It is still a further object of the present invention to provide a spring system containing a first shorter soft spring in conjunction of a second longer firm spring and an adjustable means for absorbing shock that provides a one coil spring system which satisfies many different riders having varying weights and ride stiffness preferences.

Further novel features and other objects of the present invention will become apparent from the following detailed description, discussion and the appended claims, taken in conjunction with the drawings.

BRIEF DESCRIPTION OF THE DRAWINGS

Referring particularly to the drawings for the purpose of illustration only and not limitation, there is illustrated:

FIG. 1 is an elevational view of a vehicle fork with one leg shown in cross-section to illustrate the first preferred embodiment of the present invention adjustable spring system;

FIG. 2 is a perspective view of a coupler assembly of the present invention which is positioned between two springs, comprising a threaded bolt having a non-round shaped central opening which is disposed within the first soft spring and is threadedly received within a coupler of the assembly;

FIG. 3 is an elevational view of the first preferred embodiment of the present invention spring system having a first soft spring positioned above a second firm spring and a spring adjustment mechanism, the first soft spring illustrated in its almost fully extended least compressed condition;

FIG. 4 is an elevational view of the first preferred embodiment of the present invention spring system having a first soft spring positioned above a second firm spring and a spring adjustment mechanism, the first soft spring illustrated in a fully compressed condition;

FIG. 5 is a top perspective view of a vehicle fork, illustrating the placement of the adjustment mechanism to adjust the compressible distance of the soft spring of the present invention;

FIG. 6 is a line graph comparison showing the fork travel in millimeters compared to the spring force in pounds;

FIG. 7 is an elevational view of a vehicle fork with one leg shown in cross-section to illustrate the second preferred embodiment of the present invention adjustable spring system;

FIG. 8 is an elevational view of a vehicle fork with one leg shown in cross-section to illustrate the third preferred embodiment of the present invention adjustable spring system.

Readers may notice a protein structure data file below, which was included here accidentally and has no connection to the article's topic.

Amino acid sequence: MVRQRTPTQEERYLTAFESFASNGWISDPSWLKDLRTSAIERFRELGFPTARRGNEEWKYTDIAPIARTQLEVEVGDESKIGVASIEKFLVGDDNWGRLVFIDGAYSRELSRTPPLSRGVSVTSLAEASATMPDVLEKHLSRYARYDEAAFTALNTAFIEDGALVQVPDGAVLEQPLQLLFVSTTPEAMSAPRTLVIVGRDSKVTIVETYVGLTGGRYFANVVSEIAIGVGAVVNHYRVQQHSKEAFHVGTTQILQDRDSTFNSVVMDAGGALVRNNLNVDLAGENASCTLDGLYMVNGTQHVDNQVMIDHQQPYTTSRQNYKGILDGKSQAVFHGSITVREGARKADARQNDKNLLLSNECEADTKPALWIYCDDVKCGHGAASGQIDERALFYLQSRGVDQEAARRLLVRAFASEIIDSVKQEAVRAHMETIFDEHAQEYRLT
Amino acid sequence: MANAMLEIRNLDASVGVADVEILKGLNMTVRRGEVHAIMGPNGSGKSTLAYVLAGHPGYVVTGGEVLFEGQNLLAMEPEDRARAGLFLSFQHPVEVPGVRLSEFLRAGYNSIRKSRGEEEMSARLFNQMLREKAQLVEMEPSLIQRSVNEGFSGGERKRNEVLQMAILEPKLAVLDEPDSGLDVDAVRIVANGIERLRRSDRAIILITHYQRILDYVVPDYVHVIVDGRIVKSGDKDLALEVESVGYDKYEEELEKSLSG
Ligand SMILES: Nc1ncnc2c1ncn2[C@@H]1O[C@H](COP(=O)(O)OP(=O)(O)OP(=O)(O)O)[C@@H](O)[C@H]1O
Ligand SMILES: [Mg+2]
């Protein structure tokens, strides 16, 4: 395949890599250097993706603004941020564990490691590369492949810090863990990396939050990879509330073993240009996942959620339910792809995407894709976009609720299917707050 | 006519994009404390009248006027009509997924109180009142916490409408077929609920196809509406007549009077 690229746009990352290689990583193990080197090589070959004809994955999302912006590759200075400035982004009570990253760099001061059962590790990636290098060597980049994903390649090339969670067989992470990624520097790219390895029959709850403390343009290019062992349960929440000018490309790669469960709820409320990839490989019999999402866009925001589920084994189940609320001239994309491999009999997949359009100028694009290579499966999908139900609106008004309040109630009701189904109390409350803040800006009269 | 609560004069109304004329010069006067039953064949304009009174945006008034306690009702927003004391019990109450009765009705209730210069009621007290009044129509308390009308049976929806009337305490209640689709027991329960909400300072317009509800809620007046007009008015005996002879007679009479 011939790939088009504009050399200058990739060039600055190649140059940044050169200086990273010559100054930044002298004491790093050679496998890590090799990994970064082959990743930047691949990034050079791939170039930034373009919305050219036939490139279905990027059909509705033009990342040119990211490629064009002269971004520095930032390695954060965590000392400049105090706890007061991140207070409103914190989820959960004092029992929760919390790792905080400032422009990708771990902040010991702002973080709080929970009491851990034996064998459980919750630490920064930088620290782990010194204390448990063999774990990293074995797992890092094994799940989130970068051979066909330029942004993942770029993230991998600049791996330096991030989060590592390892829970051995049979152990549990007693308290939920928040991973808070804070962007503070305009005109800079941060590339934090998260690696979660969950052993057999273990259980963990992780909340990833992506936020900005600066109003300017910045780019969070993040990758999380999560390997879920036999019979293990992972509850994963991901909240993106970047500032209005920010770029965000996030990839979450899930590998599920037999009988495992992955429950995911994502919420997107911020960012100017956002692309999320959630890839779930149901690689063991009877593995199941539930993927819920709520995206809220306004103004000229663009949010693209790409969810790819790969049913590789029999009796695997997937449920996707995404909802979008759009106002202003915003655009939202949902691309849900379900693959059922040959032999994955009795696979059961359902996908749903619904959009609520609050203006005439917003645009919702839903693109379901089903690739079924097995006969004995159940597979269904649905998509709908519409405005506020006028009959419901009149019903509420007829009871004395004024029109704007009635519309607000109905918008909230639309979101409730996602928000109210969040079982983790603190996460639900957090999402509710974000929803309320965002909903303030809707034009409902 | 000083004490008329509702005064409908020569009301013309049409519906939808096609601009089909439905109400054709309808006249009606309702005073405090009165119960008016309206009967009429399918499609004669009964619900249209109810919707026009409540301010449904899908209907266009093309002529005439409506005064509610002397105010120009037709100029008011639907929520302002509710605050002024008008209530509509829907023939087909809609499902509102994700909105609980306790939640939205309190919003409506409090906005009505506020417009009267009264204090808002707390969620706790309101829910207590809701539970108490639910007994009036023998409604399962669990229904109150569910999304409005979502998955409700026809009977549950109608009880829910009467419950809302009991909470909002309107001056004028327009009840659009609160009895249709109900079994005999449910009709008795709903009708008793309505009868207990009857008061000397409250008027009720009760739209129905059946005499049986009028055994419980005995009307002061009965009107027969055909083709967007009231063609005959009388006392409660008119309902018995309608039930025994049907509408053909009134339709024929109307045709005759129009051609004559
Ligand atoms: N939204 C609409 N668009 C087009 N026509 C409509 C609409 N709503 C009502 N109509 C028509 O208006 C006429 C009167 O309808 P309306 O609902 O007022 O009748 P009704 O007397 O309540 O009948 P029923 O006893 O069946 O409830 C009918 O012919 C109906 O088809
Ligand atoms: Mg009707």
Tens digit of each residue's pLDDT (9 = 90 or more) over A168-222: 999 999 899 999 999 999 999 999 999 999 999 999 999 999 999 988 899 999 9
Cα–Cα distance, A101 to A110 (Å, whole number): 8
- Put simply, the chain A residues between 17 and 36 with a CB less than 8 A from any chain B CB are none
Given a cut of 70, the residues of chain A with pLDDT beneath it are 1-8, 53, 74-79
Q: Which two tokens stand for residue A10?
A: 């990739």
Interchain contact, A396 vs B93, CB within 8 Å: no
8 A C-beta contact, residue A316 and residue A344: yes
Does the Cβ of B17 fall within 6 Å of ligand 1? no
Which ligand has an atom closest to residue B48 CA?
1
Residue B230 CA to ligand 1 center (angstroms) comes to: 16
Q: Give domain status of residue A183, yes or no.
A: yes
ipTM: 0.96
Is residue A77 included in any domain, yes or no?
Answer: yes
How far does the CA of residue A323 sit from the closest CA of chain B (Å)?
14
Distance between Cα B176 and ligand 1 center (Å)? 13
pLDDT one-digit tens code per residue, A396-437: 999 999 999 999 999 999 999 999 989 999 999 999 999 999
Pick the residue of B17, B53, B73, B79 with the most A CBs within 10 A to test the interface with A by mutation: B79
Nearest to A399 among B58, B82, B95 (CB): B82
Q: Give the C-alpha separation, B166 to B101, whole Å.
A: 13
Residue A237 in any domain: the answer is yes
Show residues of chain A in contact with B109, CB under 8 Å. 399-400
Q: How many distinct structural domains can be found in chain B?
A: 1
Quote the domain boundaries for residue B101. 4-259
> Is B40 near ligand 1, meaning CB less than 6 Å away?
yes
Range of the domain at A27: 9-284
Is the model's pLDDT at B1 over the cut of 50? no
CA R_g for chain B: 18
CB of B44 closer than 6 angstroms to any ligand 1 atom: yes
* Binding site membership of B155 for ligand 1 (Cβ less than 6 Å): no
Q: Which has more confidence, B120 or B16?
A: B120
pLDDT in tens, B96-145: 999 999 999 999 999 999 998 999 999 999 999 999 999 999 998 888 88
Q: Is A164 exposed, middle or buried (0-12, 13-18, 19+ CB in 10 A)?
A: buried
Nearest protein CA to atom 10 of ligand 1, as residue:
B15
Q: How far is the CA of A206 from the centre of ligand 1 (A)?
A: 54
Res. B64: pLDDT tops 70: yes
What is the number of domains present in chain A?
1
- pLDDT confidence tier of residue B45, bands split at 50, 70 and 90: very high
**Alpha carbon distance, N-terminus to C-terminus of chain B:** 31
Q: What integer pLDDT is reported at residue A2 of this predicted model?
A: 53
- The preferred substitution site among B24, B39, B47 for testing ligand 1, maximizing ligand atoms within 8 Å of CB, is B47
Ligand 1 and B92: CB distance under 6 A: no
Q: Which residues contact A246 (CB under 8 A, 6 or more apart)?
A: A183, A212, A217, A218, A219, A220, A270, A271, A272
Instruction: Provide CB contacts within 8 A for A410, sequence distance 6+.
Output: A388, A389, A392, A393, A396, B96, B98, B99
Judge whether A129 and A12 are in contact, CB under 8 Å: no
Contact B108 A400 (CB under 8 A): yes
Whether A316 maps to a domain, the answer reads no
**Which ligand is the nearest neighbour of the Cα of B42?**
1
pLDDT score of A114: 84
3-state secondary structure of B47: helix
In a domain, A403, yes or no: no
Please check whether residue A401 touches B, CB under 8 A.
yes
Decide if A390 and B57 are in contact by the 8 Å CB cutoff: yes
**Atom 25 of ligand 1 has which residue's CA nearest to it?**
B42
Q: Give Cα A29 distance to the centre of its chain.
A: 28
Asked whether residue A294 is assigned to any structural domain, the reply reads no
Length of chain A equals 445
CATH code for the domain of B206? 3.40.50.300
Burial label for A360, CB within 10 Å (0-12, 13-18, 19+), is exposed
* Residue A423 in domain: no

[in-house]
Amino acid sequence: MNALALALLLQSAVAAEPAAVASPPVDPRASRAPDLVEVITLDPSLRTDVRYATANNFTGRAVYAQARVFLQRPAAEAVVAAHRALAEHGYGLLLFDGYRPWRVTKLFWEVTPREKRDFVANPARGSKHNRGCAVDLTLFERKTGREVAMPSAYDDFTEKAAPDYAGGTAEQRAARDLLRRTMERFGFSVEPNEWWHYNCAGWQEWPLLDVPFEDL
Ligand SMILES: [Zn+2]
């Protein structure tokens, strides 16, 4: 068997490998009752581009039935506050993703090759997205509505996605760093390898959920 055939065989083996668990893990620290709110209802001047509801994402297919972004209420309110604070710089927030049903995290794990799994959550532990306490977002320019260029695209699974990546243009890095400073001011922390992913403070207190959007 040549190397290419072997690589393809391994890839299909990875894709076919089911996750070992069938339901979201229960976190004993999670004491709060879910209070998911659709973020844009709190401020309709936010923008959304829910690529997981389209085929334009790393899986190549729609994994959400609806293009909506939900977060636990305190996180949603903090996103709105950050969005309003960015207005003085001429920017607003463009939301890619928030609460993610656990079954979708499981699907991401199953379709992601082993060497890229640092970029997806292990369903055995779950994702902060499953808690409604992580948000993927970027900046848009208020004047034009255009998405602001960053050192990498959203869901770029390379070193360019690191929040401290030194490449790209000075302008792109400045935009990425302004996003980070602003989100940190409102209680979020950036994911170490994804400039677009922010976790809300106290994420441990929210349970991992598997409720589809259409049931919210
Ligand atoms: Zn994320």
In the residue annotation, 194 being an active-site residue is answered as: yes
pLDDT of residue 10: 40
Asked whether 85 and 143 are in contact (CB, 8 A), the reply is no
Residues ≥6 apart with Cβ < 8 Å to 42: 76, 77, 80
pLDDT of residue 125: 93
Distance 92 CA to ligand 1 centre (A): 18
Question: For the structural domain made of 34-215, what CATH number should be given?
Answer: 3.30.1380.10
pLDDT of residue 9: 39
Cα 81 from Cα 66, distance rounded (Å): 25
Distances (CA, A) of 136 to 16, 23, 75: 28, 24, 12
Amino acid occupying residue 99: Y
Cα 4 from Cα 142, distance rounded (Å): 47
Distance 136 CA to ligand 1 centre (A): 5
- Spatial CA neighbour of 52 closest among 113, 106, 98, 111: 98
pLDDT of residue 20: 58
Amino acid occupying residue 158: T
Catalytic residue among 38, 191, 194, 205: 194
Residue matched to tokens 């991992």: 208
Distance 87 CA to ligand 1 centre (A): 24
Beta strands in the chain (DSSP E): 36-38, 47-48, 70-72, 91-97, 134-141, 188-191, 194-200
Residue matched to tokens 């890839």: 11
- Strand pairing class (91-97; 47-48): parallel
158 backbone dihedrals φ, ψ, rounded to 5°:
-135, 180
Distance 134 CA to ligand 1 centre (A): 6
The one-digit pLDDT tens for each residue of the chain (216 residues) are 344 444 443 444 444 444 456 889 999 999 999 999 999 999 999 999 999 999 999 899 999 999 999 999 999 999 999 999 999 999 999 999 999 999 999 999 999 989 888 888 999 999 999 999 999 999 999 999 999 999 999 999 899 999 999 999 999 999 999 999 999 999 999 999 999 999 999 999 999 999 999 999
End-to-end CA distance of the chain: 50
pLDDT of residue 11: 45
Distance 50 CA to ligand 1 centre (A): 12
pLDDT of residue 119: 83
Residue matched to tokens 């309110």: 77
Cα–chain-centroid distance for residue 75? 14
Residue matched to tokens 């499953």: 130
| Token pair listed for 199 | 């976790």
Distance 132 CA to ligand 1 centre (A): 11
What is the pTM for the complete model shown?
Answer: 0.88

DETAILED DESCRIPTION OF THE PREFERRED EMBODIMENT

Although specific embodiments of the present invention will now be described with reference to the drawings, it should be understood that such embodiments are by way of example only and merely illustrative of but a small number of the many possible specific embodiments which can represent applications of the principles of the present invention. Various changes and modifications obvious to one skilled in the art to which the present invention pertains are deemed to be within the spirit, scope and contemplation of the present invention as further defined in the appended claims.

Referring to FIG. 1 which is a front elevational view in partial cross-section, there is illustrated a vehicle fork 100 containing the present invention adjustable and progressive coil spring system 50 within a first fork leg 200. The first fork leg 200 is constructed with a set of two matched telescoping hollow rods combined together, a first inner telescoping hollow rod 202 and a second outer telescoping hollow rod 204. Similarly, a second fork leg 201 is comprised of a second inner telescoping hollow rod 203 and an outer telescoping hollow rod 205. A transverse front wheel axle 206 is affixed to an outer end of the respective first and second outer telescoping hollow rods 204 and 205, and a crown 300 is transversely connected to an outer end of the respective first and second inner telescoping hollow rod 202 and 204. It will be appreciated that the inner and outer telescoping hollow rods are movable relative to each other along their longitudinal directions.